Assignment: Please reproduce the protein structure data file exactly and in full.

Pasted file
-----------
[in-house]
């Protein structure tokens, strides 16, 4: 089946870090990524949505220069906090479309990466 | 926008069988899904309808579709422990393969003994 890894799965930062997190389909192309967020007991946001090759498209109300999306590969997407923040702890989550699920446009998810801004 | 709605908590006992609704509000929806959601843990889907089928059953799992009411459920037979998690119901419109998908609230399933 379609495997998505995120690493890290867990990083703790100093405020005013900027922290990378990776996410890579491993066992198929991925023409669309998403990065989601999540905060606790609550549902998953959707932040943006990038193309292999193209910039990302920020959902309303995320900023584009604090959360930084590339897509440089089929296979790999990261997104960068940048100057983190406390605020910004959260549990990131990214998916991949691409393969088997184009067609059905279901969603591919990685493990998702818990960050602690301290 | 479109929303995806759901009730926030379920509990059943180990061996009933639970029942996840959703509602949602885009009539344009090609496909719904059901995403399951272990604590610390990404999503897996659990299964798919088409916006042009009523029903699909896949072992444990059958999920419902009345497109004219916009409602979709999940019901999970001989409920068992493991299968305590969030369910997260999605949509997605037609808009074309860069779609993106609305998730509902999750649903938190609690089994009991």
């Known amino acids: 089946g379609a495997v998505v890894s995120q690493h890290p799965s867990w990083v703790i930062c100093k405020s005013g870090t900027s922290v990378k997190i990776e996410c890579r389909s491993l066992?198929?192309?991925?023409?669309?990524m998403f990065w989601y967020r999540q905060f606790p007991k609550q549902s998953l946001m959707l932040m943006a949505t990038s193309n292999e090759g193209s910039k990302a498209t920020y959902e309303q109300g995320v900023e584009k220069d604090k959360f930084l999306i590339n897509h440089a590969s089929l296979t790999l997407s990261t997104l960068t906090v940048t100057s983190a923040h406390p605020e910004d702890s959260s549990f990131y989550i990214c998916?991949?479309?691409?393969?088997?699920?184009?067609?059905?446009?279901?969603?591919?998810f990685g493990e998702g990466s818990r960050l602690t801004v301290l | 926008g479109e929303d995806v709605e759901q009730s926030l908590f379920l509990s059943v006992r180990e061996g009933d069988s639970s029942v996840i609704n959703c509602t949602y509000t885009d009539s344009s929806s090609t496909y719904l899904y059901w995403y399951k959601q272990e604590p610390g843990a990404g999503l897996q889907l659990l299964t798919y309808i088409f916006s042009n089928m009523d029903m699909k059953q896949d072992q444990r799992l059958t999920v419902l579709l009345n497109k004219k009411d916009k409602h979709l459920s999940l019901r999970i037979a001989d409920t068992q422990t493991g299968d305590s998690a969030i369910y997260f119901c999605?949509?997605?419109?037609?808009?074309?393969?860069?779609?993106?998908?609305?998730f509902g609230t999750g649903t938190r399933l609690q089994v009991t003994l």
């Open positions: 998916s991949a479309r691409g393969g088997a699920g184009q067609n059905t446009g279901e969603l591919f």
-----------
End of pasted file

[in-house]
């Protein structure tokens, strides 16, 4: 089946870090990524949505220069906090479309990466 | 926008069988899904309808579709422990393969003994 890894799965930062997190389909192309967020007991946001090759498209109300999306590969997407923040702890989550699920446009998810801004 | 709605908590006992609704509000929806959601843990889907089928059953799992009411459920037979998690119901419109998908609230399933 379609495997998505995120690493890290867990990083703790100093405020005013900027922290990378990776996410890579491993066992198929991925023409669309998403990065989601999540905060606790609550549902998953959707932040943006990038193309292999193209910039990302920020959902309303995320900023584009604090959360930084590339897509440089089929296979790999990261997104960068940048100057983190406390605020910004959260549990990131990214998916991949691409393969088997184009067609059905279901969603591919990685493990998702818990960050602690301290 | 479109929303995806759901009730926030379920509990059943180990061996009933639970029942996840959703509602949602885009009539344009090609496909719904059901995403399951272990604590610390990404999503897996659990299964798919088409916006042009009523029903699909896949072992444990059958999920419902009345497109004219916009409602979709999940019901999970001989409920068992493991299968305590969030369910997260999605949509997605037609808009074309860069779609993106609305998730509902999750649903938190609690089994009991």
């Known amino acids: 089946g379609a495997v998505v890894s995120q690493h890290p799965s867990w990083v703790i930062c100093k405020s005013g870090t900027s922290v990378k997190i990776e996410c890579r389909s491993l066992?198929?192309?991925?023409?669309?990524m998403f990065w989601y967020r999540q905060f606790p007991k609550q549902s998953l946001m959707l932040m943006a949505t990038s193309n292999e090759g193209s910039k990302a498209t920020y959902e309303q109300g995320v900023e584009k220069d604090k959360f930084l999306i590339n897509h440089a590969s089929l296979t790999l997407s990261t997104l960068t906090v940048t100057s983190a923040h406390p605020e910004d702890s959260s549990f990131y989550i990214c998916?991949?479309?691409?393969?088997?699920?184009?067609?059905?446009?279901?969603?591919?998810f990685g493990e998702g990466s818990r960050l602690t801004v301290l | 926008g479109e929303d995806v709605e759901q009730s926030l908590f379920l509990s059943v006992r180990e061996g009933d069988s639970s029942v996840i609704n959703c509602t949602y509000t885009d009539s344009s929806s090609t496909y719904l899904y059901w995403y399951k959601q272990e604590p610390g843990a990404g999503l897996q889907l659990l299964t798919y309808i088409f916006s042009n089928m009523d029903m699909k059953q896949d072992q444990r799992l059958t999920v419902l579709l009345n497109k004219k009411d916009k409602h979709l459920s999940l019901r999970i037979a001989d409920t068992q422990t493991g299968d305590s998690a969030i369910y997260f119901c999605?949509?997605?419109?037609?808009?074309?393969?860069?779609?993106?998908?609305?998730f509902g609230t999750g649903t938190r399933l609690q089994v009991t003994l």
């Open positions: 998916s991949a479309r691409g393969g088997a699920g184009q067609n059905t446009g279901e969603l591919f």